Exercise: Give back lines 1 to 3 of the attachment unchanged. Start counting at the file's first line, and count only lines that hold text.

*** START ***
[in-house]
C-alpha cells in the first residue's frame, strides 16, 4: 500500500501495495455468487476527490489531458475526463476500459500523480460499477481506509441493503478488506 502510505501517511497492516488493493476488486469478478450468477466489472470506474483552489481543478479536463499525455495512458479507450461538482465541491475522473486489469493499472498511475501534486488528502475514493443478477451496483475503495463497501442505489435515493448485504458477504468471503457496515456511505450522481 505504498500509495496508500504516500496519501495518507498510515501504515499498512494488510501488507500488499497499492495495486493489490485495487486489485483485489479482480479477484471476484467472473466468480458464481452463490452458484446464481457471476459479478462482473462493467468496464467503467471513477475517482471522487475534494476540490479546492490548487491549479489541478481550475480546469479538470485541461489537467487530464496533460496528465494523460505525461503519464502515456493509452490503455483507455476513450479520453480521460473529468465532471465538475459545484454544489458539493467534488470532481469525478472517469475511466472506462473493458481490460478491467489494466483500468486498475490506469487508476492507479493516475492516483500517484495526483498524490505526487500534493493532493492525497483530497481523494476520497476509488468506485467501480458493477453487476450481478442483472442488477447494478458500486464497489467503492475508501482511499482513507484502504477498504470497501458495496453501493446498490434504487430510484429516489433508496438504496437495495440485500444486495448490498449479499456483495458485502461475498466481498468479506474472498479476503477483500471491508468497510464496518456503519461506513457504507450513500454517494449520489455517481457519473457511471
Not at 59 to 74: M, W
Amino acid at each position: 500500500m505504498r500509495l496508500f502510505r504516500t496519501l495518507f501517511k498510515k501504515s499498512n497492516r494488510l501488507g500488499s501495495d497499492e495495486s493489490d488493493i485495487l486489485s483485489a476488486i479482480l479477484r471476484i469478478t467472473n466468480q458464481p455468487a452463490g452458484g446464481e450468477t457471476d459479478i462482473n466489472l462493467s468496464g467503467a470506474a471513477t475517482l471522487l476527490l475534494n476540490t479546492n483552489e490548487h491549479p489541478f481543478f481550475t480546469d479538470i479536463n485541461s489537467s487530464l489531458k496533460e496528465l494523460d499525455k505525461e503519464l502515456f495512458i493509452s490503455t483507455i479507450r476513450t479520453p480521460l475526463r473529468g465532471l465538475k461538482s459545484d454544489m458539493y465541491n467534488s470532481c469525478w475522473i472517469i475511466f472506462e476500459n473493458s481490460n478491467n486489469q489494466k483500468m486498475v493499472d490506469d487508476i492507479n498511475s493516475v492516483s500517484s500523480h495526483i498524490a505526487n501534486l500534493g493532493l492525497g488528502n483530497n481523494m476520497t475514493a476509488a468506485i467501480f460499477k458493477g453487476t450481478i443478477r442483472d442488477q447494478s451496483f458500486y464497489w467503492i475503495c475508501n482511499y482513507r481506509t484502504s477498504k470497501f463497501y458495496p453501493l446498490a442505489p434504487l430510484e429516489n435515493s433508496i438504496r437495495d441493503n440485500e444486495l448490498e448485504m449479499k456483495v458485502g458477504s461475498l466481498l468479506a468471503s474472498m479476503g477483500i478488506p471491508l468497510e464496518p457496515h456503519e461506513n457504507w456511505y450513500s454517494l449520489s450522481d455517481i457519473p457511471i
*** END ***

[in-house]
C-alpha cells in the first residue's frame, strides 16, 4: 500500500501495495455468487476527490489531458475526463476500459500523480460499477481506509441493503478488506 502510505501517511497492516488493493476488486469478478450468477466489472470506474483552489481543478479536463499525455495512458479507450461538482465541491475522473486489469493499472498511475501534486488528502475514493443478477451496483475503495463497501442505489435515493448485504458477504468471503457496515456511505450522481 505504498500509495496508500504516500496519501495518507498510515501504515499498512494488510501488507500488499497499492495495486493489490485495487486489485483485489479482480479477484471476484467472473466468480458464481452463490452458484446464481457471476459479478462482473462493467468496464467503467471513477475517482471522487475534494476540490479546492490548487491549479489541478481550475480546469479538470485541461489537467487530464496533460496528465494523460505525461503519464502515456493509452490503455483507455476513450479520453480521460473529468465532471465538475459545484454544489458539493467534488470532481469525478472517469475511466472506462473493458481490460478491467489494466483500468486498475490506469487508476492507479493516475492516483500517484495526483498524490505526487500534493493532493492525497483530497481523494476520497476509488468506485467501480458493477453487476450481478442483472442488477447494478458500486464497489467503492475508501482511499482513507484502504477498504470497501458495496453501493446498490434504487430510484429516489433508496438504496437495495440485500444486495448490498449479499456483495458485502461475498466481498468479506474472498479476503477483500471491508468497510464496518456503519461506513457504507450513500454517494449520489455517481457519473457511471
Not at 59 to 74: M, W